No, I didn’t cry over this one. I didn’t really expect the Yankees to pull off a four-game sweep of the Jays, and going 5-2 on the homestand wasn’t exactly the end of the world. For the most part, the team has played well lately and showed a lot of comeback-y-ness (my new favorite word).
Today’s 7-6 defeat marked, among other things, the debut of Eric Hinske in pinstripes and it was eventful. First, he put the Yanks on the board with his solo shot in the third. Yay!
Then, he struck out on what would have been ball four to end the game in the bottom of the ninth. Boo!
He even figured in one of the game’s crazy umpiring mistakes when he was called out at second on Gardner’s fielder’s choice. It wasn’t even close. Wally Bell is probably a decent enough guy, but MLB needs to check him for cataracts (and bubble gum-induced tooth decay).
Or maybe Bell subscribes to the Marty Foster school of umpiring. As Foster told Jeter after that ridiculous call at third in the first inning: “You don’t have to be tagged to be out.” Huh?
(So much for Girardi’s ejections being the Yankees’ lucky charm.) It’s fun to blame the umps, but they didn’t cause Pettitte’s ineffectiveness. That homer to McDonald on a 3-2 pitch in the seventh was a killer. It gave the Blue Jays a 5-1 lead and prompted the requisite goodbye conference on the mound.
Am I the only one who’d love to know what’s really being said when a pitcher is about to depart? It can’t just be “Tough luck and you’ll get ’em next time.” Well, maybe it can. Robinson Cano doesn’t look like he said much of anything.
I doubt Bruney had time for a goodbye conference. He came in, gave up a couple of doubles and a walk to put the Jays ahead 7-1, and was promptly pulled. How long can Girardi use the “rust” excuse for him?
Robertson and Albaladejo both did a nice job holding down Toronto’s offense so the Yankees could display their comeback-y-ness. We chipped away in the seventh, thanks to Swisher’s bases-loaded single, for 7-3. We tacked on another in the eighth, on Jeter’s bases-loaded walk, for 7-4. And then came the ninth. Would there be a comeback? A celebration? A pie?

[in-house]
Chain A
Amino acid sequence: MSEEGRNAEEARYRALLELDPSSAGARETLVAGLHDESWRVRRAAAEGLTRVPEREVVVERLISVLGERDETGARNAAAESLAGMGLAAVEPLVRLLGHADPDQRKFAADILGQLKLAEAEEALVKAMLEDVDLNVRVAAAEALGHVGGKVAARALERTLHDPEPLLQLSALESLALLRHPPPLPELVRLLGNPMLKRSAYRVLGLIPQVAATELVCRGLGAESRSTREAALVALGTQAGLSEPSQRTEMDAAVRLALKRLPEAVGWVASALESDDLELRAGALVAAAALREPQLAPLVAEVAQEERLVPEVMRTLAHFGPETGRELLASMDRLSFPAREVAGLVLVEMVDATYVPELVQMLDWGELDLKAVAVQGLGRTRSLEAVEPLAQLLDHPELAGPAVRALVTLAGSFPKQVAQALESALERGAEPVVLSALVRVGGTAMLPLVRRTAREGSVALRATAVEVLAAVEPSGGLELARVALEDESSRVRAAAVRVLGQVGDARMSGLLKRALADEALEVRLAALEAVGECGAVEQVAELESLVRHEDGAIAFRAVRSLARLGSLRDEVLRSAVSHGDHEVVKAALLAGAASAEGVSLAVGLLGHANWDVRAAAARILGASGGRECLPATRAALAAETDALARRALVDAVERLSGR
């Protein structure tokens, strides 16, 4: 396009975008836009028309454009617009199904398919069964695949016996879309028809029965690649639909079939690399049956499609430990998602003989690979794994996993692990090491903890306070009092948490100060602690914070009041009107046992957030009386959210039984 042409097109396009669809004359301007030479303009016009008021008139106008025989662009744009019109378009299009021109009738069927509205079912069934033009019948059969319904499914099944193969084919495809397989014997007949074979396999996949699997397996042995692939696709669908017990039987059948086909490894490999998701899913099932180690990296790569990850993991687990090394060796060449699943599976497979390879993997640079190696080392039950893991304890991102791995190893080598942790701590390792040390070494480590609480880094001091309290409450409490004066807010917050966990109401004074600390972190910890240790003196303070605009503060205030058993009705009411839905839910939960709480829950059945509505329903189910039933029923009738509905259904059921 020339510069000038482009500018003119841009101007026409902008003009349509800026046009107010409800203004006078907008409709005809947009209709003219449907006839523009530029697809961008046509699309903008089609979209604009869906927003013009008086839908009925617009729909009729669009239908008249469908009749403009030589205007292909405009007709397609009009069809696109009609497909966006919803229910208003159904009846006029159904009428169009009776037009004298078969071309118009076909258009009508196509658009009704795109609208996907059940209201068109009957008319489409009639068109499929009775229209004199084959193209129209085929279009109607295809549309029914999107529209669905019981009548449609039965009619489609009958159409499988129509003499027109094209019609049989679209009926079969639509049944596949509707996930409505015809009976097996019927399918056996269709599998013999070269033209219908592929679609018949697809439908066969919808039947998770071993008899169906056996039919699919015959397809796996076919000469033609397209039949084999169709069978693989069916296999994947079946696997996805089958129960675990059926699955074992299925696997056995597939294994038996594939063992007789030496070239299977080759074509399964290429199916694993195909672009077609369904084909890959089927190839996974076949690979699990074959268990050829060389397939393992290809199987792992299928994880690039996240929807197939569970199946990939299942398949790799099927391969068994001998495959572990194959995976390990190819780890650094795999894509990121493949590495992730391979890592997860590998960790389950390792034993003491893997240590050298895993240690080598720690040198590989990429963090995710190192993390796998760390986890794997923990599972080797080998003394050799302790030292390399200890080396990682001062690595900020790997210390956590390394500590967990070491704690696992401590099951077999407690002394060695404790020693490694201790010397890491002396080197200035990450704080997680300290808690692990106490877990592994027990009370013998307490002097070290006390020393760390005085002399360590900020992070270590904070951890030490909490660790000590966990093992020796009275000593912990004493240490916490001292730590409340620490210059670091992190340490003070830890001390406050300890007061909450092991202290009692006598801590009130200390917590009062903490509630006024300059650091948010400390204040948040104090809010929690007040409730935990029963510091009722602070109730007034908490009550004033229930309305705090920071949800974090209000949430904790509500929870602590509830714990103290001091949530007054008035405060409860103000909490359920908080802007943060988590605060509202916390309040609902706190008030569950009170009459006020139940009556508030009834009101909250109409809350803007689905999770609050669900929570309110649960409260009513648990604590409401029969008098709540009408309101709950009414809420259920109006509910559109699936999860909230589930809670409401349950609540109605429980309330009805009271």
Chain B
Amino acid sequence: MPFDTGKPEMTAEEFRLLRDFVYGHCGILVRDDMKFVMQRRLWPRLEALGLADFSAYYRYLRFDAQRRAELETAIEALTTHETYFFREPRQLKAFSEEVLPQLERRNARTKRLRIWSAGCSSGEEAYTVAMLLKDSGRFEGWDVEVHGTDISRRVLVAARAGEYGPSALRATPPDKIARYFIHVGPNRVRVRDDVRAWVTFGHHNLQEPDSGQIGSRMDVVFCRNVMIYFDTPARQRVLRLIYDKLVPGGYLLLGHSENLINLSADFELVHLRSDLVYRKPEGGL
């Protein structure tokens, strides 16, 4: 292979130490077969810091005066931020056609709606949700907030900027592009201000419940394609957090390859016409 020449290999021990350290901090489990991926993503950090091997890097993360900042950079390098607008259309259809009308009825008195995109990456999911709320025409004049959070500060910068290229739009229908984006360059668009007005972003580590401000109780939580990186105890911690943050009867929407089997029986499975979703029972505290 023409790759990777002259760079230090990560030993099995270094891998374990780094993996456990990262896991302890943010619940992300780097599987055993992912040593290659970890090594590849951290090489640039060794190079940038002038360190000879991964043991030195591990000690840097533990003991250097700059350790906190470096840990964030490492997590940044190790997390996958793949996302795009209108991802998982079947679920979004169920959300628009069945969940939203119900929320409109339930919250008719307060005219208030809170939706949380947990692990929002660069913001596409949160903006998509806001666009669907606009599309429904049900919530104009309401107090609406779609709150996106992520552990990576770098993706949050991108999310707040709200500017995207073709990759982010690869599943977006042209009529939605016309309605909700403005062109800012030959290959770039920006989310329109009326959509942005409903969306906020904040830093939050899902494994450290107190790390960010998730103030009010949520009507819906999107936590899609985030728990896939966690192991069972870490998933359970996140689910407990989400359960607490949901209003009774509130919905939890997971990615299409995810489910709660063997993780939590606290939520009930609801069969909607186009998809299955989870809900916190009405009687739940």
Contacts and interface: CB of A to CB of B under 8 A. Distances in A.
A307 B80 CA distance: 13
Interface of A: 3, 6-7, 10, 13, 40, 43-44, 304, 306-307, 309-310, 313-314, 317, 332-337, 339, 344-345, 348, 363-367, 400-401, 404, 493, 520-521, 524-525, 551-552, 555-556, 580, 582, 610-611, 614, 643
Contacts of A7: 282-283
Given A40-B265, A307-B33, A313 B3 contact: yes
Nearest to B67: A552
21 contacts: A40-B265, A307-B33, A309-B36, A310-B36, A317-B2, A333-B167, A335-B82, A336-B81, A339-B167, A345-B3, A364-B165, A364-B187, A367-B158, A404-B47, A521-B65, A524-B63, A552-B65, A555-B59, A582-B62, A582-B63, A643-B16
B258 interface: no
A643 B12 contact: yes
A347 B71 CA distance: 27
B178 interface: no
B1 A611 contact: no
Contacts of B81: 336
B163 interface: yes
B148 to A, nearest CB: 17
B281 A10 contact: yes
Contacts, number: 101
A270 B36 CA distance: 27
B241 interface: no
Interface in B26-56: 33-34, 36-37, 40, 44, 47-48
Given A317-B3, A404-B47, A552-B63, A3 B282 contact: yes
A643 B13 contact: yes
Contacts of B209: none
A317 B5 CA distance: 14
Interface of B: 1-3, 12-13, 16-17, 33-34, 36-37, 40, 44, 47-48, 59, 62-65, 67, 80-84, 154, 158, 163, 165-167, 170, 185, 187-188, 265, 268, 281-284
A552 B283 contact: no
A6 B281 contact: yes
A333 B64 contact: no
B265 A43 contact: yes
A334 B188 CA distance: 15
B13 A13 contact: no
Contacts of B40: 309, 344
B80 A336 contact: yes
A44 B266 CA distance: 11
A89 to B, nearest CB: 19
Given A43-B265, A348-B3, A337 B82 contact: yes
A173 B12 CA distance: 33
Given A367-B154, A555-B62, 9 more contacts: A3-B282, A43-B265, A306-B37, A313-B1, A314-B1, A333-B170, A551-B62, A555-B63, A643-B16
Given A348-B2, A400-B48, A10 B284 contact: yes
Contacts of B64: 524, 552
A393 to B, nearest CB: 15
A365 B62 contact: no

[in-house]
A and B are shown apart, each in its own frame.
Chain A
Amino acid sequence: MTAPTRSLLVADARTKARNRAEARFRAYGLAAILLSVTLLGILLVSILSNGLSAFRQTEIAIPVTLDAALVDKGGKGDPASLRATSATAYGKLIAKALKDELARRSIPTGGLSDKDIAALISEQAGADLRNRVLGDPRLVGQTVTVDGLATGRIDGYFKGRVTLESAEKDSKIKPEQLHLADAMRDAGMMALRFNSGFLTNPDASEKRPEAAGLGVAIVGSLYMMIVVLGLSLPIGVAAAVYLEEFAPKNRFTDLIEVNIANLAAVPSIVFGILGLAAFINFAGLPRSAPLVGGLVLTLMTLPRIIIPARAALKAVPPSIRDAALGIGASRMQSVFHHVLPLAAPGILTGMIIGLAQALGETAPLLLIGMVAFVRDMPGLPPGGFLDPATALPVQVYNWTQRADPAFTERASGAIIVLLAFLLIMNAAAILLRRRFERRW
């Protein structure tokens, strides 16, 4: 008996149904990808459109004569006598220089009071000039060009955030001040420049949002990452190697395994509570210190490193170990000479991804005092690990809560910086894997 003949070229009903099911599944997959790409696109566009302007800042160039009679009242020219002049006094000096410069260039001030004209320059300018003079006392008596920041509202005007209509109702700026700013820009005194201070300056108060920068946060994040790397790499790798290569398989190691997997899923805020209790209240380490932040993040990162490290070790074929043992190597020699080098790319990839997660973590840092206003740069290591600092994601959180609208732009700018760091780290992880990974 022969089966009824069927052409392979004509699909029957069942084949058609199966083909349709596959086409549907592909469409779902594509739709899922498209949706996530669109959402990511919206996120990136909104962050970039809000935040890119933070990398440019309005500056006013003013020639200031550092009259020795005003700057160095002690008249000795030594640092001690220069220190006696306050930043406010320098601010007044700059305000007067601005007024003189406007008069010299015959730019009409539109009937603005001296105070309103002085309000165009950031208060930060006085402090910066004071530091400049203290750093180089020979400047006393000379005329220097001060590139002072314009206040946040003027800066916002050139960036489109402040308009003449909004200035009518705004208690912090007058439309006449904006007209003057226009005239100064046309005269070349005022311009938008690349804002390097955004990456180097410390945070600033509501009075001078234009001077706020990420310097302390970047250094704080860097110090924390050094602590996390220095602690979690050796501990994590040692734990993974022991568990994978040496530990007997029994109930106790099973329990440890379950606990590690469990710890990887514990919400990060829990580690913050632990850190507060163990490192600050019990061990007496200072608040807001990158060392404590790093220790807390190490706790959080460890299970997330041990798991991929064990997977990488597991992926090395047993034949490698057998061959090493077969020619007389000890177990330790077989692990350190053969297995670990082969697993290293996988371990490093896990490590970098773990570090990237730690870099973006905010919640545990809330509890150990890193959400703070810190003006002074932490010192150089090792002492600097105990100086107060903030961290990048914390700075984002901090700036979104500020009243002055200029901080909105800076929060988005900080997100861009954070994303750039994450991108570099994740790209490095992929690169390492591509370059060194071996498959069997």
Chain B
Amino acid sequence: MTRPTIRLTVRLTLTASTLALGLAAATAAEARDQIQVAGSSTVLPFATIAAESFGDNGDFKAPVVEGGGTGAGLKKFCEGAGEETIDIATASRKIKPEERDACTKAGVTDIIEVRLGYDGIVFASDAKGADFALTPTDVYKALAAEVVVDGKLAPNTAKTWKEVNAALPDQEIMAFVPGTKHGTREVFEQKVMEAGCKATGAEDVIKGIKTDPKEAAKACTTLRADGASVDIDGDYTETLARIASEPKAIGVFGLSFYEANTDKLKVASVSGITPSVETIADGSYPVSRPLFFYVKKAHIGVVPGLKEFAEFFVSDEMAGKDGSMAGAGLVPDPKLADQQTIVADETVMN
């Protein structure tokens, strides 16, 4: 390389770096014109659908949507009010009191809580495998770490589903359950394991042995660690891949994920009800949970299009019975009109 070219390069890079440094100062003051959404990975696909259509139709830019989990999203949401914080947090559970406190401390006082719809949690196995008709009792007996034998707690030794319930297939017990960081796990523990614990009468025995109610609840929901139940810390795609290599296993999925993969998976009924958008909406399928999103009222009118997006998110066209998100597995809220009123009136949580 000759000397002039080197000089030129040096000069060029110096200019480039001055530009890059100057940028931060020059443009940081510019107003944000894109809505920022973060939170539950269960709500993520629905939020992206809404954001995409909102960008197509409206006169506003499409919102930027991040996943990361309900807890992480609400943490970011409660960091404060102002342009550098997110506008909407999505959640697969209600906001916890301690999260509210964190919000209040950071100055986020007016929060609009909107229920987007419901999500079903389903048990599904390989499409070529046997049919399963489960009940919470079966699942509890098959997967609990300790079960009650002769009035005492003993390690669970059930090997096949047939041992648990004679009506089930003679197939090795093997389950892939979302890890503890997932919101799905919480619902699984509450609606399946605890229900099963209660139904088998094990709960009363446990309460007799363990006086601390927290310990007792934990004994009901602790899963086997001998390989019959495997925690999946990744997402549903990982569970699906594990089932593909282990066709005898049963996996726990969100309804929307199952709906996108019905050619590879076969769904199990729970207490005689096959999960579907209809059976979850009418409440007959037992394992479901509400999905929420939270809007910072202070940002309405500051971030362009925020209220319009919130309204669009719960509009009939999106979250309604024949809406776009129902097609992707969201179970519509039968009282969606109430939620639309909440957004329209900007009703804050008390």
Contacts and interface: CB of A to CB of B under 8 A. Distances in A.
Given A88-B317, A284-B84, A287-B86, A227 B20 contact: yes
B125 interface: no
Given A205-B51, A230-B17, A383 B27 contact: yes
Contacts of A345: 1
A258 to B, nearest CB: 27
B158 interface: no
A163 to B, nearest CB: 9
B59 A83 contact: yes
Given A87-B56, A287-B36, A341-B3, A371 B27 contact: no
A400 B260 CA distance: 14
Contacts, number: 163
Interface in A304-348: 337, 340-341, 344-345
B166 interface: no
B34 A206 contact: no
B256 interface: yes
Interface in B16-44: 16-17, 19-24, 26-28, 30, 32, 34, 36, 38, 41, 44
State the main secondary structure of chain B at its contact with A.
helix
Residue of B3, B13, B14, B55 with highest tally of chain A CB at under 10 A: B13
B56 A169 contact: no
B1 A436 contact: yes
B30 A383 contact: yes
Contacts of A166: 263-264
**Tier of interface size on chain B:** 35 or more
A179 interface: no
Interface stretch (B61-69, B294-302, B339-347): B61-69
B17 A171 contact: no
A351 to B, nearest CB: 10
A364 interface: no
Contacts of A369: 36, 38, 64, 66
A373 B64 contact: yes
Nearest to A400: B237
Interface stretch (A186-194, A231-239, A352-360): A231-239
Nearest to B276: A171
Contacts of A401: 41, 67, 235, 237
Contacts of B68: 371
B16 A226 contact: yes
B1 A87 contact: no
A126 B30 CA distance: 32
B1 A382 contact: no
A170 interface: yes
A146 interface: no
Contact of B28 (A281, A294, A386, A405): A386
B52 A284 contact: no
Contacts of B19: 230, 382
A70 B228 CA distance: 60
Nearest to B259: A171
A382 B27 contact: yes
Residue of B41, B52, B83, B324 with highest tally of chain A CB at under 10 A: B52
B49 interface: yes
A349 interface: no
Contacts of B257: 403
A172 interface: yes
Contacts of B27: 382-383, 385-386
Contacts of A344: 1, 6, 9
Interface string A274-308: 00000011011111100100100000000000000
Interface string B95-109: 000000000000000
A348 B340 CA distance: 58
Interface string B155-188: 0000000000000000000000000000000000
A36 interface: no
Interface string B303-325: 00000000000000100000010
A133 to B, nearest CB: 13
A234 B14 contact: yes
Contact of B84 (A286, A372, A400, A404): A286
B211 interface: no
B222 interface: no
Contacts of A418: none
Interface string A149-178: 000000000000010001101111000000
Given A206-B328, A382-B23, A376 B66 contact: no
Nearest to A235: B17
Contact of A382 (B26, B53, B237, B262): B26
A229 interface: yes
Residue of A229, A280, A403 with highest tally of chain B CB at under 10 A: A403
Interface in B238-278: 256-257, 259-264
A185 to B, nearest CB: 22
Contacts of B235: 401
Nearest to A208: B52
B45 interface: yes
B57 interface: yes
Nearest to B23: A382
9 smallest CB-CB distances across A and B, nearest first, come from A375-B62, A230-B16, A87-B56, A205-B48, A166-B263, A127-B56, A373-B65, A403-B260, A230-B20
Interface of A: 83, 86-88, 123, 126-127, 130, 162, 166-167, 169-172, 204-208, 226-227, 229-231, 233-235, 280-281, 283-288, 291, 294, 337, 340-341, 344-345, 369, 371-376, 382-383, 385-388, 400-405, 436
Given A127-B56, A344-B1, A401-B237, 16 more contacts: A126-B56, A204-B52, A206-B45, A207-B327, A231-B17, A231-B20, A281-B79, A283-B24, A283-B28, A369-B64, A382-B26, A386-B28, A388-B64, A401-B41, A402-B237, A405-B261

With two outs, there were singles by Jorge, Cano and Matsui to bring the Yankees excruciatingly close to tying the score. It was 7-6 when Hinske stepped in. He could have become an instant Yankee hero, destined to watch himself over and over on a “Yankeeography.” But no. Instead, he was this.
And so it’s on to Minneapolis to face the Twins before the All-Star break. I’m having a hard time getting it through my head that the 2009 season is half over. Didn’t we just say how we couldn’t wait for baseball to start? Time does fly.
And finally, because I bummed myself out with that last paragraph, here’s some funny video a friend sent me today. It has nothing to do with baseball. But if you haven’t seen it yet, it’s worth a smile.
Here’s what happened in the seventh inning of the Bombers’ rousing 5-4 comeback over the Twins.
An inside-the-parker. Right. The Yankees, who’d been down 4-1, tacked on another run thanks to Gardner’s speed.
But let me rewind the tape.
Phil Hughes wasn’t impressive, and who knows what his status will be once Wang returns. But aside from serving up a couple of homers to Morneau, he kept the Yanks within striking distance.
Jeter put us on the board with a solo shot, but it was Gardner who electrified the crowd. And he was only in the game because Damon got tossed in the third for expressing his displeasure with the ump. I’d never seen Johnny get mad, but he was really steamed at Wally “I Need Lasik Surgery” Bell.
He was dumb to let his emotions get the better of him – we needed his bat, plus he had a nice little hitting streak going for himself – but it all worked out just fine. Melky moved over to left and Brett the Jet took over in center, and both contributed mightily. More on that in a sec.
A-Rod made his debut at the new stadium and walked four times. And Teixeira eased out of his slump, going 2-for-3 with a walk. They’re about to become a very good 3-4 combo.
Speaking of Tex, he had a hissy when Carlos Gomez ran outside the lines to first – twice – nearly clipping his arm off. Words were exchanged, along with menacing faces.
After effective relief appearances by Albaladejo, Bombko, Edwar and Veras (am I really typing these words?), it was the bottom of the ninth with the Yanks still down by two runs and Joe Nathan on the mound for the Twins. Insurmountable? Not for the surprisingly scrappy boys in pinstripes.
Tex: single (RBI)
Cano: intentional walk
Watch. (I can’t. I get too choked up, although I do enjoy the part where Morneau kicks dirt in the dugout.)
If there’s anything more thrilling than a walkoff something, I’d like to know what it is.
During my segment today on Greg Marotta’s sports talk radio show “The Natural,” I was defending the Yankees against the rap that they’re too corporate.
And too old.
And don’t have enough heart.
All I can say is they looked plenty frisky tonight, and I loved it. They’ve come back against Baltimore, Toronto and now Minnesota this week. More, please.
P.S. Thanks to everyone who entered the Flip Video Contest. The photos are so much fun. I’ll be posting them next week and you can all vote to pick the winner of the cam!